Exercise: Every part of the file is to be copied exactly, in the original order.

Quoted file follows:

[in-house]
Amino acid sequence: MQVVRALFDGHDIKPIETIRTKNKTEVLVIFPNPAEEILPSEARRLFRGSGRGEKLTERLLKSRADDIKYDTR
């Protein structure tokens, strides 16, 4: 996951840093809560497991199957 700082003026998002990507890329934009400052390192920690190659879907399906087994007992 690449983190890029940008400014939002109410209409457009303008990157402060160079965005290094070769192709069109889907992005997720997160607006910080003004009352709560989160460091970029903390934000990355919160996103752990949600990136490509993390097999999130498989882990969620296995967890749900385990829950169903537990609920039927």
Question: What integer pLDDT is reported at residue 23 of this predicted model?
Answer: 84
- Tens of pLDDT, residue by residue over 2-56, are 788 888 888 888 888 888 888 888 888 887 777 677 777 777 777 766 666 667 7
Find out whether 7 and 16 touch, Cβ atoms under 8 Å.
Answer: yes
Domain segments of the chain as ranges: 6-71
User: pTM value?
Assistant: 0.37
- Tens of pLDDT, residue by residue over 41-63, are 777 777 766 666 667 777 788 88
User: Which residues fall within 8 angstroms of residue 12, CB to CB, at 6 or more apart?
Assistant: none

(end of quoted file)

[in-house]
Amino acid sequence: MQVVRALFDGHDIKPIETIRTKNKTEVLVIFPNPAEEILPSEARRLFRGSGRGEKLTERLLKSRADDIKYDTR
């Protein structure tokens, strides 16, 4: 996951840093809560497991199957 700082003026998002990507890329934009400052390192920690190659879907399906087994007992 690449983190890029940008400014939002109410209409457009303008990157402060160079965005290094070769192709069109889907992005997720997160607006910080003004009352709560989160460091970029903390934000990355919160996103752990949600990136490509993390097999999130498989882990969620296995967890749900385990829950169903537990609920039927």
Question: What integer pLDDT is reported at residue 23 of this predicted model?
Answer: 84
- Tens of pLDDT, residue by residue over 2-56, are 788 888 888 888 888 888 888 888 888 887 777 677 777 777 777 766 666 667 7
Find out whether 7 and 16 touch, Cβ atoms under 8 Å.
Answer: yes
Domain segments of the chain as ranges: 6-71
User: pTM value?
Assistant: 0.37
- Tens of pLDDT, residue by residue over 41-63, are 777 777 766 666 667 777 788 88
User: Which residues fall within 8 angstroms of residue 12, CB to CB, at 6 or more apart?
Assistant: none